Tag Archives: Greatest Generation

74 years later, D-Day still stands alone

The Greatest Generation generally is defined as millions of American men and women who stood firm against tyranny during an intense, bloody and desperate global conflict.

Meaning no disrespect to those Americans who answered the call for freedom, let me suggest that the Greatest Generation comprised men and women from around the globe.

Seventy-four years ago today, American soldiers — along with Canadian and British comrades in arms — splashed ashore at Normandy, France. They had just completed a harrowing journey across the English Channel to pierce Adolf Hitler’s Fortress Europa.

These brave men endured unspeakable horror. They faced a determined enemy intent on keeping the land they had conquered four years earlier.

The D-Day invasion today stands as the greatest amphibious assault in the history of warfare. Five thousand ships supported the attack. Hundreds of airplanes flew sorties over the Nazi defenses.

What often gets short shrift, though, is the composition of the entire attack force. It was made up of French fighters and Poles. They formed gallant military units after their own countries fell to the Nazi juggernaut. Other nations took part: Denmark, Greece, The Netherlands, Australia, New Zealand all participated in this mammoth endeavor.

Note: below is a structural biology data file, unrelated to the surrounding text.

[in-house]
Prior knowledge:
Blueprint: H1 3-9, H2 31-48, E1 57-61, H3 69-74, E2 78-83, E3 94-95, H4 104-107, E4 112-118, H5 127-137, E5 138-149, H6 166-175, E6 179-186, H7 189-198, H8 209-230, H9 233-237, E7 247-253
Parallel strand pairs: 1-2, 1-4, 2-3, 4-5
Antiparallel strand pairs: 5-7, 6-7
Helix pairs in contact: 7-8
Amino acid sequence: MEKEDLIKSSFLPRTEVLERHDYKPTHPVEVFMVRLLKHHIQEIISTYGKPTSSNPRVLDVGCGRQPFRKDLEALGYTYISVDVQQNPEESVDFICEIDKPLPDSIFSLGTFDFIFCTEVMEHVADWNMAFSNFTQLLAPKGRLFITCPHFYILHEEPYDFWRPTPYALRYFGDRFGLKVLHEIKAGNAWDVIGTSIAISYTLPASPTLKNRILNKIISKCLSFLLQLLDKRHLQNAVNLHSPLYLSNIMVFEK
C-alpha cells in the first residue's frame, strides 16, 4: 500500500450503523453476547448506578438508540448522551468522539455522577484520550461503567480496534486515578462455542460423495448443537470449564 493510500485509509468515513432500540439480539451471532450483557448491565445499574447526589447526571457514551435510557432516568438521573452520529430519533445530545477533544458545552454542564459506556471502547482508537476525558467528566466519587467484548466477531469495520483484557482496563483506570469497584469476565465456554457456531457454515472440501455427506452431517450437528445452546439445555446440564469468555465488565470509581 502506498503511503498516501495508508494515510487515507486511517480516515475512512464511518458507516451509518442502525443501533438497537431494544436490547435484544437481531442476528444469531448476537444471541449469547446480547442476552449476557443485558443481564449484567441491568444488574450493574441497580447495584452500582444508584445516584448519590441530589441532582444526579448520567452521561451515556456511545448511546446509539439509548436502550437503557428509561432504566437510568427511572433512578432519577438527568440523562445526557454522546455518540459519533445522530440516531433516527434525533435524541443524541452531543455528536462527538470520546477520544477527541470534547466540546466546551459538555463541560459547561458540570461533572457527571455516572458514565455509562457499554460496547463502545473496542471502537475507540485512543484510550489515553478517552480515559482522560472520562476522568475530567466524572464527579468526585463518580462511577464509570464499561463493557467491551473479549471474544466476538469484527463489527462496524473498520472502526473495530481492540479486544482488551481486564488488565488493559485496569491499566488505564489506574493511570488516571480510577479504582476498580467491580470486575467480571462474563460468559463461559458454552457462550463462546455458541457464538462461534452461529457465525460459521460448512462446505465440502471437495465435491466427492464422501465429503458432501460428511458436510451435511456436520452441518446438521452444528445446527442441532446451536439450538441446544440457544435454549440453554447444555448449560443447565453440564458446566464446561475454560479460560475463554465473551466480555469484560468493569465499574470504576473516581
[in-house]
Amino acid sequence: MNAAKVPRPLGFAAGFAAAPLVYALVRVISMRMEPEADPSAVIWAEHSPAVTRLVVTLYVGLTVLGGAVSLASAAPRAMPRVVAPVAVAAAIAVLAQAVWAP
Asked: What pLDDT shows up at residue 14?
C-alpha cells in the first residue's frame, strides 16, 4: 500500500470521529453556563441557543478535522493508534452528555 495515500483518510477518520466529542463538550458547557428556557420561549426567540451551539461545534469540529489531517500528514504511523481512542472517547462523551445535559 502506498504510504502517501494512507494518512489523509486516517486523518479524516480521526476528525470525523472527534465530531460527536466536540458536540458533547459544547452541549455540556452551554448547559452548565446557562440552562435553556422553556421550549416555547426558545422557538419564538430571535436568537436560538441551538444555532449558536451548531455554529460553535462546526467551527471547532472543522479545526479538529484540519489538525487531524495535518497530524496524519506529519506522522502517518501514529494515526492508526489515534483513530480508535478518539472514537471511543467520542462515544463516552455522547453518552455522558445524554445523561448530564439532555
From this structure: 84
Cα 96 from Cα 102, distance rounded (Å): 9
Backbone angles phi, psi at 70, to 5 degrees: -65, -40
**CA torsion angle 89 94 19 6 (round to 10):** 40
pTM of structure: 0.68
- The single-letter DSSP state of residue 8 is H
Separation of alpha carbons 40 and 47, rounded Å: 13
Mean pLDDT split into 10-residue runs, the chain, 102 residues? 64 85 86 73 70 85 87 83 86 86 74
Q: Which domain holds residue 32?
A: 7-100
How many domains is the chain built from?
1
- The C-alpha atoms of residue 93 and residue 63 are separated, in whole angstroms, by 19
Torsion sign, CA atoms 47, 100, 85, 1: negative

What’s more, French, Dutch, Belgian and Norwegian resistance fighters never stopped battling the occupiers in the years preceding the launching of Operation Overlord.

It was an international event of the first order.

And I cannot dismiss the bloody fight that was occurring along the Eastern Front as the Red Army marched from the Soviet Union, into Poland, Czechoslovakia and Germany as it sought to rid the world of the tyrant Hitler and his minions.

One final note I want to make: Supreme Allied Commander U.S. Army Gen. Dwight D. Eisenhower was prepared for the worst on D-Day. He drafted an announcement that he never had to make. He would take full responsibility for the failure of the invasion had the international force been unable to secure the beachhead at Normandy.